We did this occasionally on my old blog. Hopefully it is a little less controversial than the LHC :)
From my friend Michael Haskins:
How many do you remember?
Head lights dimmer switches on the floor.
Ignition switches on the dashboard.
Heaters mounted on the inside of the fire wall.
Real ice boxes.
Pant leg clips for bicycles without chain guards.
Soldering irons you heat on a gas burner.
Using hand signals for cars without turn signals.
Older Than Dirt Quiz: Count all the ones that you remember not the ones you
were told about Ratings at the bottom.
1. Blackjack chewing gum
2. Wax Coke-shaped bottles with colored sugar water
3 Candy cigarettes
4. Soda pop machines that dispensed glass bottles
5 Coffee shops or diners with tableside juke boxes
6 Home milk delivery in glass bottles with cardboard stoppers
7. Party lines
8. Newsreels before the movie
9. P.F. Flyers
10. Butch wax
11. Telephone numbers with a word prefix (OLive-6933)
13. Howdy Doody
14. 45 RPM records
15. S&H Green Stamps
17 Metal ice trays with lever
18 Mimeograph paper
19 Blue flashbulb
21. Roller skate keys
22. Cork popguns
25 Wash tub wringers
If you remembered 0-5 = You're still young
If you remembered 6-10 = You are getting older
If you remembered 11-15 = Don't tell your age,
If you remembered 16-25 = You're older than dirt!
I have some more - some more modern, some much less so: How many of these things do you both remember, or better, remember using regularly:
1. 5 1/4 inch floppies (or better yet, 8 inch floppies). Bonus points if you remember the capacities of 5.25 and 8 inch disks. Extra bonus points if you had a computer that loaded the operating system on floppies.
2. The TRS-80
3. Pure-text internet. The idea from this post came from John's reference to Usenet. Bonus points if you used the pure-text internet on a machine with floppy-loaded operating system and a monochrome (green) monitor, connected via a 2400 baud modem. (Bonus points if you thought 2400 baud was impossibly fast.)
4. A modem (probably 1200 or maybe even 300 baud) that involved sticking the phone handset into large rubber cups.
6. Loading an IP stack into Windows For Workgroups 3.11 to connect to the internet via a modem (maybe 4800 or even 9600 baud).
Moving on to some non-internet stuff:
7. The TV antenna on the roof of your house that had a large dial on top of the TV to rotate and point it (I may have used that one in my old blog).
8. Cable TV with 13 (or fewer) channels.
9. Making coffee with a percolator, or even by putting the grounds directly in a pot of water and boiling them (folks who camp or spend a lot of time in remote areas without electricity (Jim maybe?) probably not only remember that but still do it that way.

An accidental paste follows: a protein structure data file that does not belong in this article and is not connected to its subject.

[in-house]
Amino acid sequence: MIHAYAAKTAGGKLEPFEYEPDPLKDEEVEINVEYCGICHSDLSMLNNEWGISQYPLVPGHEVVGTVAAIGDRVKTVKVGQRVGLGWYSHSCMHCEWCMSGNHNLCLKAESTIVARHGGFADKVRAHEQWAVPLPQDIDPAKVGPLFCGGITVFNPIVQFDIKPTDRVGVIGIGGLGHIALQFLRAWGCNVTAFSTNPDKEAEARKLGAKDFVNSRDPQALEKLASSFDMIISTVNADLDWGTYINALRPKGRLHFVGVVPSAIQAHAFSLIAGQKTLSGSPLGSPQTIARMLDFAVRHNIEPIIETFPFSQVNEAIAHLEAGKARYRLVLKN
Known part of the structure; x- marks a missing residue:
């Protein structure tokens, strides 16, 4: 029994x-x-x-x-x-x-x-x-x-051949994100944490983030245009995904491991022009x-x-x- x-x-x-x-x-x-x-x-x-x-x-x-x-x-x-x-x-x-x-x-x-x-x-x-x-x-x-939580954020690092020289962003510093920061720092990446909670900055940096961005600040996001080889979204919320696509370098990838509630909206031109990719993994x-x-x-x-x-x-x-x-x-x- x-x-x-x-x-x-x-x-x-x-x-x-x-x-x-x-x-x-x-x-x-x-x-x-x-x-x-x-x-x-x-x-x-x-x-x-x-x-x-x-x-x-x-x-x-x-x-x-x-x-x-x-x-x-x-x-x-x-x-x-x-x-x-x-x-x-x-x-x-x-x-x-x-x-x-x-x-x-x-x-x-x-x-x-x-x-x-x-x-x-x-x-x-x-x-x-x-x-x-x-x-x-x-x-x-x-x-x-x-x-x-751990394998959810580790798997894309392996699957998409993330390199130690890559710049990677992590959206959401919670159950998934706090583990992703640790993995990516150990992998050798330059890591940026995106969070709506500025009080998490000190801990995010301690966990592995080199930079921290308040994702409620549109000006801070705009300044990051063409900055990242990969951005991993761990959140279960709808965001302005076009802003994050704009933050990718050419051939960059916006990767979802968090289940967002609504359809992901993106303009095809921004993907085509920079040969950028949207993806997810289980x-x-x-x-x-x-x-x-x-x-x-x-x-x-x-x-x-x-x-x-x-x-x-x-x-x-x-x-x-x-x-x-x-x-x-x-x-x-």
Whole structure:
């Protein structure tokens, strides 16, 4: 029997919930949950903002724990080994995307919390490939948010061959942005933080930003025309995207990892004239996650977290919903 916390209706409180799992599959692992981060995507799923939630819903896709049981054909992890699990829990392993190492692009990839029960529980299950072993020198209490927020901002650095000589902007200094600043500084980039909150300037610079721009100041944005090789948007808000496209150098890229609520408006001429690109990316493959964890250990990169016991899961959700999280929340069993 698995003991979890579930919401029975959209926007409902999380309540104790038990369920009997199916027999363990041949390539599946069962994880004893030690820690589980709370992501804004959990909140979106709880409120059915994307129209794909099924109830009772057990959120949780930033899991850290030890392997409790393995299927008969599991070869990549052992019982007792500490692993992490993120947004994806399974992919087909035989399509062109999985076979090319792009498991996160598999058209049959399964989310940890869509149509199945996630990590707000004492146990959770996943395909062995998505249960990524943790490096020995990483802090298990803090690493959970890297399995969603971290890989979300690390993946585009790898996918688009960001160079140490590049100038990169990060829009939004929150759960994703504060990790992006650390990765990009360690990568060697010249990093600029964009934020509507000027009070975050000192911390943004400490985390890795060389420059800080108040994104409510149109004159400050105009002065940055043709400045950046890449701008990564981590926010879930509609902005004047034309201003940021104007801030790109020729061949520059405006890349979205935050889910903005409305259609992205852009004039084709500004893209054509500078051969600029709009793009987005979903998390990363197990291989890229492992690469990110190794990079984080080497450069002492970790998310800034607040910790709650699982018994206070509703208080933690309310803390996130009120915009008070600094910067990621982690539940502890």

10. Those "All in one" stereo systems that combined a turntable, cassette player, and receiver in one, cheap, enclosure. Speakers were usually separate. Double bonus points if you had one of those in quadraphonic.
One of my new favourite TV shows is "Mad Men", because of its very authentic and detailed portrayal of life in the early 1960s. I wish there were a web page accounting all the little details about this show - many of which I know from experience are authentic, and others which I don't personally remember but accordingly couldn't dispute.
I really think the recent past has a lot to teach us about the present and the future. To try to figure out where we are going, it is imperative to understand how we got here. I just hope our immediate future looks more like the 50s or 60s, or even 70s (!) than the 1930s, which is what it looks like right now.
Some follow up: I scored "older than dirt" on Mike's list above, but I'm really not. I'm a Gen-X-er, albeit one of the oldest, and that makes me hardly even middle-aged. The point is that there has been a heck of a lot of change, in society, in technology, in life, just in our lifetimes.
I've written before (maybe here, I'd have to check) that the rate of technological change has been slowing, and in some areas we've gone backwards For example, we can't fly to the moon today, and I bet that had you polled rocket scientists, not to mention ordinary people, in 1969 or 1973, they would have said travel to the moon would be routine by 2008. Had you told the folks on Apollo 17 that they were making possibly the last trip to the moon EVER, they absolutely would not have believed it. They still had hope for the future.
I get the impression that the rate of social change is slowing as well, but this is a much less precise metric. The last generation saw the "liberation" of women (which I, as an apparently very politically incorrect retro chauvinist type guy, still don't understand), and the realization of substantial social equality, which I do understand. The most recent major change seems to involve acceptance of sexual choices and preference, which I think is a very different "revolution" than the others, and I don't think we have a clue what it means.
What's next? What frontiers of inequality or unfairness remain to be conquered? Unfortunately I think the future could involve the pendulum swinging back the other way, rather than continuing on in the direction of progressive change.
I think the fact that I cringed when I wrote the word "progressive" is somehow an indication of so-far dimly appreciated future trends. Who could be against "progressive"? Yet the word has deep, subconscious political baggage.
Anyway, I think appreciation and understanding of the past is going to be increasingly important, because our current historical cycle has just plain run out of steam, so the future is not going to resemble the recent past at all. The question is whether it will resemble anything to which we can relate in any way.